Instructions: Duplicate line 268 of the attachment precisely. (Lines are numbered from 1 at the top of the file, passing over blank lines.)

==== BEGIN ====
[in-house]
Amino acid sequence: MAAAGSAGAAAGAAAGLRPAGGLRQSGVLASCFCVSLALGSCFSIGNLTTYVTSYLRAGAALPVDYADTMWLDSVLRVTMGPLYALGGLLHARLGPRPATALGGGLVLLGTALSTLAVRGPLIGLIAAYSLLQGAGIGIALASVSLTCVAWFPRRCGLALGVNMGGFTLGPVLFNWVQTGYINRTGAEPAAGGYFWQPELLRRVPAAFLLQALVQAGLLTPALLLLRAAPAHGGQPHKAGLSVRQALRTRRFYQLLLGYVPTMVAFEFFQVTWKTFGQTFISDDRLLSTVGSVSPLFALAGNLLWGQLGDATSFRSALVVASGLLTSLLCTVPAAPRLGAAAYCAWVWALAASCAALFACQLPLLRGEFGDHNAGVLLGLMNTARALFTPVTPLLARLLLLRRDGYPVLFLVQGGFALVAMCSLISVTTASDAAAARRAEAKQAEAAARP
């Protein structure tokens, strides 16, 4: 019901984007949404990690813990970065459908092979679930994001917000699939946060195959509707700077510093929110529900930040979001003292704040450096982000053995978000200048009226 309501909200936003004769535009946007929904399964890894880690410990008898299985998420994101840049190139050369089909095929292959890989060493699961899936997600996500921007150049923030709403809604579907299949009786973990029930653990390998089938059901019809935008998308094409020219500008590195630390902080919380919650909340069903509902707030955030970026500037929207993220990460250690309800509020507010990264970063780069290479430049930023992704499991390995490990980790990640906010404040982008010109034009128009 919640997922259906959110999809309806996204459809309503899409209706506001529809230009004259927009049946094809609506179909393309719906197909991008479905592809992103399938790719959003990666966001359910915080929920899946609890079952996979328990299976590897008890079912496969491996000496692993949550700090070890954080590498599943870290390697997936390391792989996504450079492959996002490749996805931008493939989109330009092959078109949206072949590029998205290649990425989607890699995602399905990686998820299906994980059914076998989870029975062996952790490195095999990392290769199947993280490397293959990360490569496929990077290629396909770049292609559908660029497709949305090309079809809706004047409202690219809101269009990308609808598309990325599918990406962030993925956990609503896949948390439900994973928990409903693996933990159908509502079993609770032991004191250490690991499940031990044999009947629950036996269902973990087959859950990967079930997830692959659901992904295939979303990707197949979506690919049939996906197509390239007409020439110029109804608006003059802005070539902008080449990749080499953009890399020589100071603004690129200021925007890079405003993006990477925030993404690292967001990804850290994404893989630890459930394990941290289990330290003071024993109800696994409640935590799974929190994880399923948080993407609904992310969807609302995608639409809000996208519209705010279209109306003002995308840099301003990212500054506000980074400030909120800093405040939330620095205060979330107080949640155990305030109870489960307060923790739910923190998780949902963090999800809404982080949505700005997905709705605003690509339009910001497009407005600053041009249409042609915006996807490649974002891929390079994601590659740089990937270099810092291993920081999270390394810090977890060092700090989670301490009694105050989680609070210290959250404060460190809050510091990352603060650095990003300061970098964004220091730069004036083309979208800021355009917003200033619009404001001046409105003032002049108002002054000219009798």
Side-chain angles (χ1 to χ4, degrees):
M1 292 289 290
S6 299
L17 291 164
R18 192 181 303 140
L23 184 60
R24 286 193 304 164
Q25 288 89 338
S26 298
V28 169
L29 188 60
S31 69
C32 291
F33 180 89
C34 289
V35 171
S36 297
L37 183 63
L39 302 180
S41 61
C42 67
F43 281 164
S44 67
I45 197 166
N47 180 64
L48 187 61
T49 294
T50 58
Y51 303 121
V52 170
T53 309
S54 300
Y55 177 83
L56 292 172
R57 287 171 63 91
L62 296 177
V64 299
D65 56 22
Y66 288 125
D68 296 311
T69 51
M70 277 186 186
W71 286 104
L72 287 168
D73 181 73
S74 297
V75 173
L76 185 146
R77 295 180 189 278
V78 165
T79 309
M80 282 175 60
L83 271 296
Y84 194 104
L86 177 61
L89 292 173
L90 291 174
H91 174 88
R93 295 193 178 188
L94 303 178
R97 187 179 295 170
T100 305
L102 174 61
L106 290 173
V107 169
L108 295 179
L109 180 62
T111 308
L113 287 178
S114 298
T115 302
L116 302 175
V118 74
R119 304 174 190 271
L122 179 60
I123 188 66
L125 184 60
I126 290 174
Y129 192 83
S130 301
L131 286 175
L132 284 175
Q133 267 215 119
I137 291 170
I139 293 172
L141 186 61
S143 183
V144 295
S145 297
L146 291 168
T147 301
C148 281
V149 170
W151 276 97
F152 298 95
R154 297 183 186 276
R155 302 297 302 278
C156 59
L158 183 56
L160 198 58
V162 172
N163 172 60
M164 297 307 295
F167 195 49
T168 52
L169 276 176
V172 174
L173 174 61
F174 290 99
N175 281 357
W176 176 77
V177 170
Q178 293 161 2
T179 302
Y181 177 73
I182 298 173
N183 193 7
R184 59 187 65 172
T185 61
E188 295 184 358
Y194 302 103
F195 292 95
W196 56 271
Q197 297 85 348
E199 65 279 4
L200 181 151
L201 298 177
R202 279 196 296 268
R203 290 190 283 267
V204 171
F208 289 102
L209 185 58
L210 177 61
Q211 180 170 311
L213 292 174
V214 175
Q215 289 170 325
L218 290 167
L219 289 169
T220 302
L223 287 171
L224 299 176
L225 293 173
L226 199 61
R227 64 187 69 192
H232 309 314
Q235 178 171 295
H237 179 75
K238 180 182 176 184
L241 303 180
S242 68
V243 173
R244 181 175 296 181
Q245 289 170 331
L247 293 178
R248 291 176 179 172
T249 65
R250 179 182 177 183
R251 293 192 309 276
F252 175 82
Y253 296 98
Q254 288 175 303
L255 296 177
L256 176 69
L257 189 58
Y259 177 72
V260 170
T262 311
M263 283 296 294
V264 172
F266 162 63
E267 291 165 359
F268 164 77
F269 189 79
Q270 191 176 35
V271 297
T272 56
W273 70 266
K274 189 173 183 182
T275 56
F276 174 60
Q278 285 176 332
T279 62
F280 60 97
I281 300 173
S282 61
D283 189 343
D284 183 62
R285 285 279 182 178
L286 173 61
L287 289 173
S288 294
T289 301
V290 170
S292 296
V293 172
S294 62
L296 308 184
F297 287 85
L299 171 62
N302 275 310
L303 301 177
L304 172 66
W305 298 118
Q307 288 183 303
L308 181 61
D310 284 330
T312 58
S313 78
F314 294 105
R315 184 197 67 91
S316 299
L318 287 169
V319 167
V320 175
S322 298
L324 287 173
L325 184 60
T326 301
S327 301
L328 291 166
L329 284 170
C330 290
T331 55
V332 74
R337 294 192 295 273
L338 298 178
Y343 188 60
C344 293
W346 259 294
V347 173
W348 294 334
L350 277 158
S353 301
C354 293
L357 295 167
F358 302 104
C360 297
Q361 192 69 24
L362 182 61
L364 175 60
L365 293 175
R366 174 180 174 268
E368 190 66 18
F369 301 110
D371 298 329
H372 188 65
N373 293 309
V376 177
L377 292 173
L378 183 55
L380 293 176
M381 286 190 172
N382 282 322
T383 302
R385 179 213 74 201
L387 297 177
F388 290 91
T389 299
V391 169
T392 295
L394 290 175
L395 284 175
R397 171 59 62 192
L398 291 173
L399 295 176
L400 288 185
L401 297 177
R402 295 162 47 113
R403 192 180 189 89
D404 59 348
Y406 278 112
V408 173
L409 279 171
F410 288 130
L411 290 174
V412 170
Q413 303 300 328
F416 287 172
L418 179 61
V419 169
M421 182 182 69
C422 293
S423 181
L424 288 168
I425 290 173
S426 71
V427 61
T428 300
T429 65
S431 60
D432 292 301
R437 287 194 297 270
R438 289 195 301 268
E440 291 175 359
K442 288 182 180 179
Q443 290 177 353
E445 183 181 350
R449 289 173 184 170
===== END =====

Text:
L398 291 173